Great article and slide show up on the New York Times website from this past Monday about the considerable body of work comic art genius Jack Kirby left behind on the drawing board when he died in 1994. Dave Itzkoff's article, "Jack Kirby's Heroes in Waiting," details how the talented and prolific Kirby moved from New York to Los Angeles in the late 1970s, working first for Hanna-Barbera and then for Ruby-Spears, creating character designs for their Conan-lite Saturday morning serial, Thundarr the Barbarian.
Clicking through the slideshow, my attention was immediately caught by the slide for a presentation board for a show called the Gargoids, "scientists who gain superpowers after becoming infected with an alien virus."
It would be great if the producers now looking to bring some of these concepts to the big and small screens took the opportunity to learn something about the amazing superpowers of viruses themselves. Stop someone on the street and ask them what a virus is and you'll find that, despite decades of media noise about HIV and West Nile and H1N1, we don't really know. A project in the Omaha, Nebraska, public schools is empowering kids with the knowledge and journalism skills to create videos for use in classrooms to educate their peers about viruses--not just what they are and how they make us sick, but how viruses in all their amazing diversity are a vital part of life on Earth. It's an inspiring example of students learning to use storytelling to first make sense of science and then share their new expertise with others.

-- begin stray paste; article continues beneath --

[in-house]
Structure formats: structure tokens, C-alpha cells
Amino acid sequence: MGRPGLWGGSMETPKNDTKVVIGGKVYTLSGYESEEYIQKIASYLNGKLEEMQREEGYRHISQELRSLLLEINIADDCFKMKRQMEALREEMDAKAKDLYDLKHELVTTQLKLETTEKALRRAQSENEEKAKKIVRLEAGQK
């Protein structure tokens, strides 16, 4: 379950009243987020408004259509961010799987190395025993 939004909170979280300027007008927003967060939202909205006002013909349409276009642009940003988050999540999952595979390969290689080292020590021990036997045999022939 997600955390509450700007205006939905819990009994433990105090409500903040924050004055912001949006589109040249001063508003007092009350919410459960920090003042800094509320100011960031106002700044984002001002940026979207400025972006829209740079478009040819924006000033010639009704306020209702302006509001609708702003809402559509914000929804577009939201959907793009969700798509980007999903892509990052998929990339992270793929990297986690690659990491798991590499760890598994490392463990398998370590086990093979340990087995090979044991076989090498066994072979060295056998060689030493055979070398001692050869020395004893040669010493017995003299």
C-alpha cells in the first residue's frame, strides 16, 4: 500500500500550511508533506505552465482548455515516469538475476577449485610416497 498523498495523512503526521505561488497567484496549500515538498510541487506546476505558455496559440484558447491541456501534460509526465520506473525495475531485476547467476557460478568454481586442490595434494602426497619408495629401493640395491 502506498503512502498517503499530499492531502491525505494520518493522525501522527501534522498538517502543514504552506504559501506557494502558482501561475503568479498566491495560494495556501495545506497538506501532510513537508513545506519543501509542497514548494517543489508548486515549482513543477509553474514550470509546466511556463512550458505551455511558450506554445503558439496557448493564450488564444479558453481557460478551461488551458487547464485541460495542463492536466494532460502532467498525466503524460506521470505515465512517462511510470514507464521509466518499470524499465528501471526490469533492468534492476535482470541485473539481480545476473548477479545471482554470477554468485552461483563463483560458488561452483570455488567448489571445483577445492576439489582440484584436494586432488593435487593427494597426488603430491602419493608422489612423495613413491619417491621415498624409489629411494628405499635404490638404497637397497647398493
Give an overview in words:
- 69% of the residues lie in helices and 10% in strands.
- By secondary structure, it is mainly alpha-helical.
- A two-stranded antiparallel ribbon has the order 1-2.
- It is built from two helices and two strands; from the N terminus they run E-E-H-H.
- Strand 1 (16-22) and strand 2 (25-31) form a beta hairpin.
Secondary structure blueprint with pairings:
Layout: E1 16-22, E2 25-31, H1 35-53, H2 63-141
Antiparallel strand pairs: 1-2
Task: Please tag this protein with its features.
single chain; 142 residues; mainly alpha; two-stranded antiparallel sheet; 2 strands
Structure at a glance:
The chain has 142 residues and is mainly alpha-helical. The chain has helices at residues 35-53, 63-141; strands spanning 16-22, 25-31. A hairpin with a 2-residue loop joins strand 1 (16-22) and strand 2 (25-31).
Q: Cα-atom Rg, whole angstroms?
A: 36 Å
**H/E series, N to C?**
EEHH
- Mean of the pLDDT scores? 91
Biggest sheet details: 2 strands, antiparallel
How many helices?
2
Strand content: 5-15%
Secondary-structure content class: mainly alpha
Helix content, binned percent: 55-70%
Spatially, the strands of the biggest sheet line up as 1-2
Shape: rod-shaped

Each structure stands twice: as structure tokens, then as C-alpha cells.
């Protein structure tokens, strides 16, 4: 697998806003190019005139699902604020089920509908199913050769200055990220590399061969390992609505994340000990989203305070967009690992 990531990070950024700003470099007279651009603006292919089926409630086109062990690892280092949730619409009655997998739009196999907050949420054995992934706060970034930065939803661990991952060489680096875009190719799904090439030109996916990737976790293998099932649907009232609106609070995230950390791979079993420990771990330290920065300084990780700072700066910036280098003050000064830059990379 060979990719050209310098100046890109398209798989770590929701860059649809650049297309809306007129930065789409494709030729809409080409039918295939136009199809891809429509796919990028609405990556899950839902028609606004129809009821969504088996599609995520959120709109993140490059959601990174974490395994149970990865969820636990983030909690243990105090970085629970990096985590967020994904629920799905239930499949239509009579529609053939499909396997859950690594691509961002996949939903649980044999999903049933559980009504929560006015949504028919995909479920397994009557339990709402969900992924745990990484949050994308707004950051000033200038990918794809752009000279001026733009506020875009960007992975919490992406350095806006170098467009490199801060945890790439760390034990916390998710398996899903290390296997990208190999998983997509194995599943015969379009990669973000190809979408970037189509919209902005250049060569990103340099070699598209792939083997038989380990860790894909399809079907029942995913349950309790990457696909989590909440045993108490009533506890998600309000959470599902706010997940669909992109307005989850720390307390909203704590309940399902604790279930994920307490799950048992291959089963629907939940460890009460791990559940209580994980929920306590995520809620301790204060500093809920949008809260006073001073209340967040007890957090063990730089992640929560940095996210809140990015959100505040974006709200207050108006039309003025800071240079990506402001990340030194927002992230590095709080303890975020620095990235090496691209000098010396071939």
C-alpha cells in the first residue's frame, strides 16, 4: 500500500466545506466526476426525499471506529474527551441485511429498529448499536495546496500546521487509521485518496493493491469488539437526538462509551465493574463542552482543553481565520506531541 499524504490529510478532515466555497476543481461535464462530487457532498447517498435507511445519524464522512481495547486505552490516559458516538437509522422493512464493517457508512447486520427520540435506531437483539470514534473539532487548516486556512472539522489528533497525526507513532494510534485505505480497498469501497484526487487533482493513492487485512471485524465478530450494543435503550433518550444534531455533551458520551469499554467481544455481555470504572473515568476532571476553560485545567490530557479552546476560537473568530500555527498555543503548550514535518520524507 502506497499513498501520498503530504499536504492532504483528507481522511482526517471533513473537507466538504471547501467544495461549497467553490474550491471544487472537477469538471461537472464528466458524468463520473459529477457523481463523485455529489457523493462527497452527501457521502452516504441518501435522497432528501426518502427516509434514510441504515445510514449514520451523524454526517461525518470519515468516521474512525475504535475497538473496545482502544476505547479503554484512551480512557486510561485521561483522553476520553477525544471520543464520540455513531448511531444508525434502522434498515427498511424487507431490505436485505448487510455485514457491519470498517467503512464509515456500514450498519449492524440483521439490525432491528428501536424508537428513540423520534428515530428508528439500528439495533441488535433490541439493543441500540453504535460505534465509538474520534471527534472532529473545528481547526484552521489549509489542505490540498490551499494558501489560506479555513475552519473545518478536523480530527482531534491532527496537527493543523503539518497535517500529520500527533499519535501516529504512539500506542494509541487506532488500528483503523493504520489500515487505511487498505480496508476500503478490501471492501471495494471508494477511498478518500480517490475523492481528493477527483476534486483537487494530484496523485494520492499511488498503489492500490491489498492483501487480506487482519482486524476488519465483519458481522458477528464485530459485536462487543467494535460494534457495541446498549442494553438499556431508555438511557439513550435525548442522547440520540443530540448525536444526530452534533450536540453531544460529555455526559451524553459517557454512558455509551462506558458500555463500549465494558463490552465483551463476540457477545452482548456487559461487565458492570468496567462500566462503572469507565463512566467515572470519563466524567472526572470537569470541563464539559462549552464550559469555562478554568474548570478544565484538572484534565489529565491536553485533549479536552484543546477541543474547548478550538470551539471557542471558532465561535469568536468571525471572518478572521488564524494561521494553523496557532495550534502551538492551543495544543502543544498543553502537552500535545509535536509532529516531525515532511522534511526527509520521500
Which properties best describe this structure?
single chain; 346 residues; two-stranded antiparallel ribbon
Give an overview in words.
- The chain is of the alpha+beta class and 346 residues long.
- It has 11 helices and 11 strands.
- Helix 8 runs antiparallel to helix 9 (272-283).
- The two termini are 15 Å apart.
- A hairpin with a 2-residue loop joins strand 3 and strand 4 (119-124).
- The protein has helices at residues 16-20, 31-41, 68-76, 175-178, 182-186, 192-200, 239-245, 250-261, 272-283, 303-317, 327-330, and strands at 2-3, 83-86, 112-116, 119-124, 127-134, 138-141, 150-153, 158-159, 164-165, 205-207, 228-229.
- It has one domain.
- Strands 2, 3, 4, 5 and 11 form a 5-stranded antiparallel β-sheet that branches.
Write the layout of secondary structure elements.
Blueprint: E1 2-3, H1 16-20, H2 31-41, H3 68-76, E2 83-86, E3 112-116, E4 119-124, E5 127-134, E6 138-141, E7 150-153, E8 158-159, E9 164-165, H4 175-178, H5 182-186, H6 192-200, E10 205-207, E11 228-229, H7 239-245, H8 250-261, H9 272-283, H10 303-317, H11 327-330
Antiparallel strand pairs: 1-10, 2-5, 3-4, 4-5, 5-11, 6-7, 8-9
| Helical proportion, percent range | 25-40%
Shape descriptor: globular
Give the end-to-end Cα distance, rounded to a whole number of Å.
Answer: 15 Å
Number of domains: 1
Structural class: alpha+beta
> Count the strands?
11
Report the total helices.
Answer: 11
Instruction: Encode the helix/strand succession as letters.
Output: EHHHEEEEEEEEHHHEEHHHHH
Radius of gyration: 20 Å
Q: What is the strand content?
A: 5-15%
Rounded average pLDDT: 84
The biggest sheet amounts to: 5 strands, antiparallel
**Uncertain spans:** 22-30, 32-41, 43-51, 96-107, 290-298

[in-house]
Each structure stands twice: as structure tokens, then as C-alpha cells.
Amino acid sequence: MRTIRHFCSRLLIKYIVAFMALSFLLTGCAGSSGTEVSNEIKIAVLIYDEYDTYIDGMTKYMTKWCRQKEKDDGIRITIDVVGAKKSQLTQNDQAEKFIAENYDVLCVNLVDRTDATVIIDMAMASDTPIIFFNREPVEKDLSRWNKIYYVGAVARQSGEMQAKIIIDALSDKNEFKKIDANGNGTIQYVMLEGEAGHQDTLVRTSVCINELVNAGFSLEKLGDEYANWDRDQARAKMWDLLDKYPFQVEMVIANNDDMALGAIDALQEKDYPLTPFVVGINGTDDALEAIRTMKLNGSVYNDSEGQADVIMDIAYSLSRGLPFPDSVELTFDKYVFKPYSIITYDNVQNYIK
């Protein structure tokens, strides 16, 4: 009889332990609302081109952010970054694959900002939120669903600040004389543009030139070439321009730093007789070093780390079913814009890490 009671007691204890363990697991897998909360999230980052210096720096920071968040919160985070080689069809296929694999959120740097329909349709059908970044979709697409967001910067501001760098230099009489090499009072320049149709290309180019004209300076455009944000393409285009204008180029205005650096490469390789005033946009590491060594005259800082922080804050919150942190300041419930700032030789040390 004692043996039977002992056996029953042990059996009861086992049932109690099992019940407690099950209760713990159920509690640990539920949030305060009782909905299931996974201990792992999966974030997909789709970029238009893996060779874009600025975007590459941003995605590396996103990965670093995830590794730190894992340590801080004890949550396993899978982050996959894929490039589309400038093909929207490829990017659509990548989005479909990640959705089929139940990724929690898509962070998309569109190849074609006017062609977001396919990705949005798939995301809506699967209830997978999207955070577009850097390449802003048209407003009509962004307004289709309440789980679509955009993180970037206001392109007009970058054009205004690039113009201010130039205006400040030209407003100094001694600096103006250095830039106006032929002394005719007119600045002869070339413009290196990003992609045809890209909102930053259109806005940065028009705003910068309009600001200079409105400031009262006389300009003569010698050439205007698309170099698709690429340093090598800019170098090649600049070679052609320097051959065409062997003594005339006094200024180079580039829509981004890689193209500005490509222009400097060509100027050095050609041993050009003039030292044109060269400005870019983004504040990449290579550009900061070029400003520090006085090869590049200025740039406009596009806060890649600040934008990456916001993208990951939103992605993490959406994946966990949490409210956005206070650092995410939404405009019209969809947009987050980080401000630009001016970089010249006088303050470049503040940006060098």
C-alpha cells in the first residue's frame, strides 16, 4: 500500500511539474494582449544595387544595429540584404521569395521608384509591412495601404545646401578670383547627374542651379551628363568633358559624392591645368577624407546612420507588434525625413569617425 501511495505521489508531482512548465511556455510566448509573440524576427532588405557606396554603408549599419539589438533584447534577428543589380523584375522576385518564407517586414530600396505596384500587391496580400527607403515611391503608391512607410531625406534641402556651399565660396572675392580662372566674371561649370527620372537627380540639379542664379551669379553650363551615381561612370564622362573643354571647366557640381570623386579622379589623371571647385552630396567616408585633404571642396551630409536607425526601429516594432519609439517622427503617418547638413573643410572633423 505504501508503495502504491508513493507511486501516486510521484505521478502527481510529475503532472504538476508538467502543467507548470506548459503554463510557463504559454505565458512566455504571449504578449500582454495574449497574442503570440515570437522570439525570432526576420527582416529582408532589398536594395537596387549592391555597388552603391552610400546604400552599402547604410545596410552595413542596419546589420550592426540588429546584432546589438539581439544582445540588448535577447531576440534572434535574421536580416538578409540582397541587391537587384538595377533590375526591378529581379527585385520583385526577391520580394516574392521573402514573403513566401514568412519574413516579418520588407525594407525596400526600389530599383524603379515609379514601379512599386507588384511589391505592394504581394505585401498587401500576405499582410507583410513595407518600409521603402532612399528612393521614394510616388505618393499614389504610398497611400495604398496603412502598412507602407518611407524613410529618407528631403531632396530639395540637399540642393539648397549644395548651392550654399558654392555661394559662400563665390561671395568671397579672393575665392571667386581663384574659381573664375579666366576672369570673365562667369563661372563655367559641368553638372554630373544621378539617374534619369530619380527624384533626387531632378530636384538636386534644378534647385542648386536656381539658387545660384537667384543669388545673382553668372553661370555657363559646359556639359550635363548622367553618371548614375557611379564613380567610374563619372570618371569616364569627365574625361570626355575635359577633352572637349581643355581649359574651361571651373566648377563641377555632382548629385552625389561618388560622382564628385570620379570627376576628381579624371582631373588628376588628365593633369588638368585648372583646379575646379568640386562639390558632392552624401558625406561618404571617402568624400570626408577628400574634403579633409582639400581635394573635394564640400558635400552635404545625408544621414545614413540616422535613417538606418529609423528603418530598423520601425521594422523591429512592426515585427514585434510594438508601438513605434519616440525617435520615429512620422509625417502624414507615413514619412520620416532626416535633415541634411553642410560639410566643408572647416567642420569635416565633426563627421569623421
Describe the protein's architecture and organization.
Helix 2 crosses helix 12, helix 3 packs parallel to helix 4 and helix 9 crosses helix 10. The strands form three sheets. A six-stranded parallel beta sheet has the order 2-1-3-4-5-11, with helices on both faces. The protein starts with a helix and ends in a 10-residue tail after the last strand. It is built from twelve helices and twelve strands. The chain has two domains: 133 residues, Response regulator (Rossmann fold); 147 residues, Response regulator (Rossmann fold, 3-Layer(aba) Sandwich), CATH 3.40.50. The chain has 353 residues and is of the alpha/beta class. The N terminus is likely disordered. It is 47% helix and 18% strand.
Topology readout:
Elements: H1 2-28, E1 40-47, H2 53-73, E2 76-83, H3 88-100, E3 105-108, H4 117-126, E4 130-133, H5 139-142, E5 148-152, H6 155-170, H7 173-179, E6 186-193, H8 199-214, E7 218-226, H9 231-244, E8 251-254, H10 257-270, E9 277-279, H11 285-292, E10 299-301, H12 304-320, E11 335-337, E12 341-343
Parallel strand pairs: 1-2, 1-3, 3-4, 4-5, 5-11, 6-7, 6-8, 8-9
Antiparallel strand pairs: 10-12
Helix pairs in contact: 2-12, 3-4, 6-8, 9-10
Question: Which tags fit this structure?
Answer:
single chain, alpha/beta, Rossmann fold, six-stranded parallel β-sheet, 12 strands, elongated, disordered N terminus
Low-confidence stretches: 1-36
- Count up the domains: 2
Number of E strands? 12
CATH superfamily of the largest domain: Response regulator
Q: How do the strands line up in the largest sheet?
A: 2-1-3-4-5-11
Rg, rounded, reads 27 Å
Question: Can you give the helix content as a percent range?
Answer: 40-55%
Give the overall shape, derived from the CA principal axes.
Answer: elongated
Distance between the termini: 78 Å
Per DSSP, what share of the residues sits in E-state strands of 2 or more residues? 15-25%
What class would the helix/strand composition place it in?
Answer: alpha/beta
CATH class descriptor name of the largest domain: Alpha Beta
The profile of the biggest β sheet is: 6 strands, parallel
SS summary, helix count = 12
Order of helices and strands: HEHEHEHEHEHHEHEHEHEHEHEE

The World of Viruses project is spreading that message through other media as well--including Kirby's chosen medium. Bringing together comic book vets Martin Powell, Brent Schoonover, and Thomas Floyd, the World of Viruses project is creating graphic novels that bring viruses to life through traditional superhero graphics and story lines.
The science content is vetted by virologists through the Nebraska Virology Center and story lines and art alike go through several drafts to pass scientific muster. The comics that result are bound together with nonfiction essays by award-winning science writer Carl Zimmer. The first three issues tell the stories of the human papiloma virus, influenza, and an ocean virus called EhV.
Printed and bound copies of the comics are being distributed to teachers and students through schools and libraries, but if you want your own copy you can download it for free through iTunes, as an iPhone app or in full-sized glory on the iPad.
Full disclosure: Elefolio provides some editing support for the World of Viruses project. (My paying clients are always listed on the front page of this blog.) I'm a huge fan of the graphic format, and especially interested in the possibility of the graphic novel form in furthering the public understanding of science, so it's been a special treat to be involved with the project in even a small way.
- ▼ 2010 (15)